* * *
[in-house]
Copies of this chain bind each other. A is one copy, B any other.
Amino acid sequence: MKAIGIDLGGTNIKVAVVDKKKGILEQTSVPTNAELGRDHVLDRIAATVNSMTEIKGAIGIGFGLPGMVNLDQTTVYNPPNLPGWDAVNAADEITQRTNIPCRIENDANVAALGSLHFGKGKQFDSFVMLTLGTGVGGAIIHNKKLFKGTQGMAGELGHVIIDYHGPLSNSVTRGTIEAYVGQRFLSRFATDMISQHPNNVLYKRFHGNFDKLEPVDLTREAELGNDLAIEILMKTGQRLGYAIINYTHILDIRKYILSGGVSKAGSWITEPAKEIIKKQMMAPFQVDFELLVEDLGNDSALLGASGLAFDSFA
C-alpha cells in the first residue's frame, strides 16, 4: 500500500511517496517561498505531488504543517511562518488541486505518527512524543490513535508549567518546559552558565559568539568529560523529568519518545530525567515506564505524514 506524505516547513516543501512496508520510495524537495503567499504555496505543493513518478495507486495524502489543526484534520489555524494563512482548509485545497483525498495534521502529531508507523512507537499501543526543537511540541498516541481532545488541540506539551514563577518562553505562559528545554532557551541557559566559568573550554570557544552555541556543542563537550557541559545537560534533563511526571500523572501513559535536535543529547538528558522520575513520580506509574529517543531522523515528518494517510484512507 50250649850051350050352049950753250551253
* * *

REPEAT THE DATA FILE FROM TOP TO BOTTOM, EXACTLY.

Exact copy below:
[in-house]
Copies of this chain bind each other. A is one copy, B any other.
Amino acid sequence: MKAIGIDLGGTNIKVAVVDKKKGILEQTSVPTNAELGRDHVLDRIAATVNSMTEIKGAIGIGFGLPGMVNLDQTTVYNPPNLPGWDAVNAADEITQRTNIPCRIENDANVAALGSLHFGKGKQFDSFVMLTLGTGVGGAIIHNKKLFKGTQGMAGELGHVIIDYHGPLSNSVTRGTIEAYVGQRFLSRFATDMISQHPNNVLYKRFHGNFDKLEPVDLTREAELGNDLAIEILMKTGQRLGYAIINYTHILDIRKYILSGGVSKAGSWITEPAKEIIKKQMMAPFQVDFELLVEDLGNDSALLGASGLAFDSFA
C-alpha cells in the first residue's frame, strides 16, 4: 500500500511517496517561498505531488504543517511562518488541486505518527512524543490513535508549567518546559552558565559568539568529560523529568519518545530525567515506564505524514 506524505516547513516543501512496508520510495524537495503567499504555496505543493513518478495507486495524502489543526484534520489555524494563512482548509485545497483525498495534521502529531508507523512507537499501543526543537511540541498516541481532545488541540506539551514563577518562553505562559528545554532557551541557559566559568573550554570557544552555541556543542563537550557541559545537560534533563511526571500523572501513559535536535543529547538528558522520575513520580506509574529517543531522523515528518494517510484512507 50250649850051350050352049950753250551253